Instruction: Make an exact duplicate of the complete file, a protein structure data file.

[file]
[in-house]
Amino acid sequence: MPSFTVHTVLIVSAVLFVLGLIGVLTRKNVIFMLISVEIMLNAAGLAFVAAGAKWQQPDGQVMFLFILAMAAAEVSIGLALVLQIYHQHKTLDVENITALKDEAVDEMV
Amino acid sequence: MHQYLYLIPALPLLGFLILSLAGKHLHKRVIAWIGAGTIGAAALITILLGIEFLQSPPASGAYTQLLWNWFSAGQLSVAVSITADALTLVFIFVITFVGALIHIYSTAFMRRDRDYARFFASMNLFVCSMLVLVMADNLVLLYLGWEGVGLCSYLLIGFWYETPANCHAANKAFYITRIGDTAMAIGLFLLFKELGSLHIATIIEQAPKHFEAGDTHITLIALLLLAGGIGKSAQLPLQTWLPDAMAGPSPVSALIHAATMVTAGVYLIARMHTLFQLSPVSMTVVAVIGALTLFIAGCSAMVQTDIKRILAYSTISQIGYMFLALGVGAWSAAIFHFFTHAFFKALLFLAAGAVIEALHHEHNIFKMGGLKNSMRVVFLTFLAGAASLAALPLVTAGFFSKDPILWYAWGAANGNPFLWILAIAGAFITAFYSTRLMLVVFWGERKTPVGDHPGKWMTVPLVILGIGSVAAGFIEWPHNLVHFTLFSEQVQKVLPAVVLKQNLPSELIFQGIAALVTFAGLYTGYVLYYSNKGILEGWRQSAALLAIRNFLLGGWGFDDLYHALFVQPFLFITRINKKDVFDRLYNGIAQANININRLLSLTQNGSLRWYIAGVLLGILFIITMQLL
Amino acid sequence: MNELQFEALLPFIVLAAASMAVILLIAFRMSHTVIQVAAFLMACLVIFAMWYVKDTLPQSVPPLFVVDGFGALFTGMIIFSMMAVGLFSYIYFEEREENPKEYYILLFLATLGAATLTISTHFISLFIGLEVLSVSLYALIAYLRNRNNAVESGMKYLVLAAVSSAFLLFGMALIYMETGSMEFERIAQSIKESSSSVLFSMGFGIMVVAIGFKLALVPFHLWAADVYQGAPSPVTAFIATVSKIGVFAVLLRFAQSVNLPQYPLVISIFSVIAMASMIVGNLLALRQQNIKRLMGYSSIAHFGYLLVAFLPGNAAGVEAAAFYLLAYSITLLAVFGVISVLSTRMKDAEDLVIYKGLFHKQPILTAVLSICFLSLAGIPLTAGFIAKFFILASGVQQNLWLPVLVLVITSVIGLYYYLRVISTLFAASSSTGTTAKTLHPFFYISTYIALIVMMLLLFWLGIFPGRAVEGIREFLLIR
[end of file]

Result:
[in-house]
Amino acid sequence: MPSFTVHTVLIVSAVLFVLGLIGVLTRKNVIFMLISVEIMLNAAGLAFVAAGAKWQQPDGQVMFLFILAMAAAEVSIGLALVLQIYHQHKTLDVENITALKDEAVDEMV
Amino acid sequence: MHQYLYLIPALPLLGFLILSLAGKHLHKRVIAWIGAGTIGAAALITILLGIEFLQSPPASGAYTQLLWNWFSAGQLSVAVSITADALTLVFIFVITFVGALIHIYSTAFMRRDRDYARFFASMNLFVCSMLVLVMADNLVLLYLGWEGVGLCSYLLIGFWYETPANCHAANKAFYITRIGDTAMAIGLFLLFKELGSLHIATIIEQAPKHFEAGDTHITLIALLLLAGGIGKSAQLPLQTWLPDAMAGPSPVSALIHAATMVTAGVYLIARMHTLFQLSPVSMTVVAVIGALTLFIAGCSAMVQTDIKRILAYSTISQIGYMFLALGVGAWSAAIFHFFTHAFFKALLFLAAGAVIEALHHEHNIFKMGGLKNSMRVVFLTFLAGAASLAALPLVTAGFFSKDPILWYAWGAANGNPFLWILAIAGAFITAFYSTRLMLVVFWGERKTPVGDHPGKWMTVPLVILGIGSVAAGFIEWPHNLVHFTLFSEQVQKVLPAVVLKQNLPSELIFQGIAALVTFAGLYTGYVLYYSNKGILEGWRQSAALLAIRNFLLGGWGFDDLYHALFVQPFLFITRINKKDVFDRLYNGIAQANININRLLSLTQNGSLRWYIAGVLLGILFIITMQLL
Amino acid sequence: MNELQFEALLPFIVLAAASMAVILLIAFRMSHTVIQVAAFLMACLVIFAMWYVKDTLPQSVPPLFVVDGFGALFTGMIIFSMMAVGLFSYIYFEEREENPKEYYILLFLATLGAATLTISTHFISLFIGLEVLSVSLYALIAYLRNRNNAVESGMKYLVLAAVSSAFLLFGMALIYMETGSMEFERIAQSIKESSSSVLFSMGFGIMVVAIGFKLALVPFHLWAADVYQGAPSPVTAFIATVSKIGVFAVLLRFAQSVNLPQYPLVISIFSVIAMASMIVGNLLALRQQNIKRLMGYSSIAHFGYLLVAFLPGNAAGVEAAAFYLLAYSITLLAVFGVISVLSTRMKDAEDLVIYKGLFHKQPILTAVLSICFLSLAGIPLTAGFIAKFFILASGVQQNLWLPVLVLVITSVIGLYYYLRVISTLFAASSSTGTTAKTLHPFFYISTYIALIVMMLLLFWLGIFPGRAVEGIREFLLIR